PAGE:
by Habib Shaikh from Khaleej Times
Statistics by the Interior Ministry show that drug abuse increases by 17% every year. The study said that broken families as well as poor education are also reasons why many people in the kingdom turn to drugs ... “Some 90,000 people go to these hospitals on a yearly basis for treatment. I believe that three hospitals are not enough,” said Dr Abdul Aziz Al Ghuraib, a speaker at the Second Symposium for Reforms and Rehabilitation in Correctional Institutions.
Tuesday, June 26, 2007
by Habib Shaikh from Khaleej Times
from the Gulf Times
China's concern about increasing extremism in Sinkiang and the kidnapping of its nationals by a madrassa students in Islamabad will dominate the four-day Pak-Chinese talks that begin in Beijing shortly, official sources said yesterday ... Sources said the two countries would also discuss the preparation of fake travel documents for Chinese pilgrims. Interior Minister Aftab Ahmed Khan Sherpao and Religious Affairs Minister Ejazul Haq will visit Saudi Arabia to make arrangements for the Chinese pilgrims if China accepted Pakistan's offer, according to sources.
by Tom Petrie and Steve Andrews from Energy Bulletin
Energy will be one of the two or three defining issues we’ll face over the next decade. Since post-1999, we’ve essentially been in a crisis mode. That’s the result of an accumulation of factors ... The case for Iraq to produce 4 or 5 or even 6 million barrels a day is technically sound but is not imminent. The Saudi-US “special relationship” has been significantly altered and impaired by 9/11. Our relationship with them is now one of many. China will become of coequal importance to the US relationship.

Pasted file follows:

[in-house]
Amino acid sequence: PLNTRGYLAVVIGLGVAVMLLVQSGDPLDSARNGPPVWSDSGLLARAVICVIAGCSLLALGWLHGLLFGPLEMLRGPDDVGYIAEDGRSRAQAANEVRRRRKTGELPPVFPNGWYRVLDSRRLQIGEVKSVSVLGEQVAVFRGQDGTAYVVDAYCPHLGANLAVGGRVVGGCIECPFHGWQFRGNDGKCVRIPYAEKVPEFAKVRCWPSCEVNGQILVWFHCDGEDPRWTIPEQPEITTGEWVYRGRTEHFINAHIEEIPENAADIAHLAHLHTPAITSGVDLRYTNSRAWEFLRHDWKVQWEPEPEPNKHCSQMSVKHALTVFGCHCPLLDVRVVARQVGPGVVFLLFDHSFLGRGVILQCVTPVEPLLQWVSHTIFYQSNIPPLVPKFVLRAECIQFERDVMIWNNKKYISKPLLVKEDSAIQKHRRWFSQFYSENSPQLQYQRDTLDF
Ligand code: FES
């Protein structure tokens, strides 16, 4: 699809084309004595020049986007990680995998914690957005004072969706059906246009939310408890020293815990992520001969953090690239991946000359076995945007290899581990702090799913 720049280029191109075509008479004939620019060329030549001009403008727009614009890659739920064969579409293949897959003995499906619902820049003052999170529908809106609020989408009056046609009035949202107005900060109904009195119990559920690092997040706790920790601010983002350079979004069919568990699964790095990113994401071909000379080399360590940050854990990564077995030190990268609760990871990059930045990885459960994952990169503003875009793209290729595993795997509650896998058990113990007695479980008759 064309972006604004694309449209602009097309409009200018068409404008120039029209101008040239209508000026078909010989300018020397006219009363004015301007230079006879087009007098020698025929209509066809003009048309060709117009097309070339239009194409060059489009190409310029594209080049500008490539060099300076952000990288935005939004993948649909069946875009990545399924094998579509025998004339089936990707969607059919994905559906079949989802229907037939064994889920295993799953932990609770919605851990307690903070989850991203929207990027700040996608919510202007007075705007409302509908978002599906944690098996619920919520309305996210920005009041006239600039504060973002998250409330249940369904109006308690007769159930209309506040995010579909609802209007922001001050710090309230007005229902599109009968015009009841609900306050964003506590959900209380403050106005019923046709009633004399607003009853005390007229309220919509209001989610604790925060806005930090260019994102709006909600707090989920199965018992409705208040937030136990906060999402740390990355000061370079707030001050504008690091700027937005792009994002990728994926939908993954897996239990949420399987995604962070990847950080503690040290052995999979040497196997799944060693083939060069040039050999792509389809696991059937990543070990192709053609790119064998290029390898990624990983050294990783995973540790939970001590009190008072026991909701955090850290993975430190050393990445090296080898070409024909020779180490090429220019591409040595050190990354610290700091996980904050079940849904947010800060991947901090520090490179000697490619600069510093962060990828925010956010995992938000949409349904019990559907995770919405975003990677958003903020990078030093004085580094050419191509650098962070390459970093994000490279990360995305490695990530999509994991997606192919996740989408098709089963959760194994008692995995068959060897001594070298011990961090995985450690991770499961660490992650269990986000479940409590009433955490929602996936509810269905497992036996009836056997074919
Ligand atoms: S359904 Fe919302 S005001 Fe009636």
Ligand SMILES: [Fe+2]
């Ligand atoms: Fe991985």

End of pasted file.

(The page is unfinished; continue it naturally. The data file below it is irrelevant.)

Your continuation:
by Nick Gier from New West
Once again the North African country Morocco is in the news. In late May, 2007, Spanish police arrested 16 men in Barcelona, 14 of whom were Moroccans ... Spanish police have been closely watching radical Muslims from North Africa for many years. Saudi national Mohammed Atta, mastermind of the 9/11 attacks, visited these terrorist cells twice and most of their funding comes from Saudi Arabia. In May of 2003, three Saudis were given ten-year sentences for starting an Al Qaeda cell in Morocco and planning to blow up ships in the Straits of Gibraltar. The Ministry of Islamic Affairs has also proscribed the teaching of the fundamentalist Wahabi theology from Saudi Arabia.
from Editor & Publisher
Nearly six years after the 9/11 terrorist attacks on the U.S., better than 4 in 10 Americans still wrongly believe that Saddam Hussein was involved in planning or carrying out the actions. Surprisingly, that number has even risen in the past two years, according to a Newsweek poll ... In a separate question, 20% said that "most" of the 9/11 hijackers came from Iraq. The correct answer, Saudi Arabia, was chosen by 43%.
from the Muslim Weekly
The presence of Saudi, Jordanian and Yemeni volunteers in the besieged Palestinian refugee camp of Nahr al-Bared in north Lebanon, as well as arrests in Jordan and Saudi Arabia of Jihadists coming from Iraq illustrate this. "The Iraqi resistance doesn't need people inside, they have more than they need, freeing up foreign fighters to fight elsewhere," said Marwan Shehadeh, an expert in radical movements with the Vision Research Institute in Amman. "They are in contact with each other because Salafi ideology (true Islam) is spread all over Arab and Islamic countries," he said.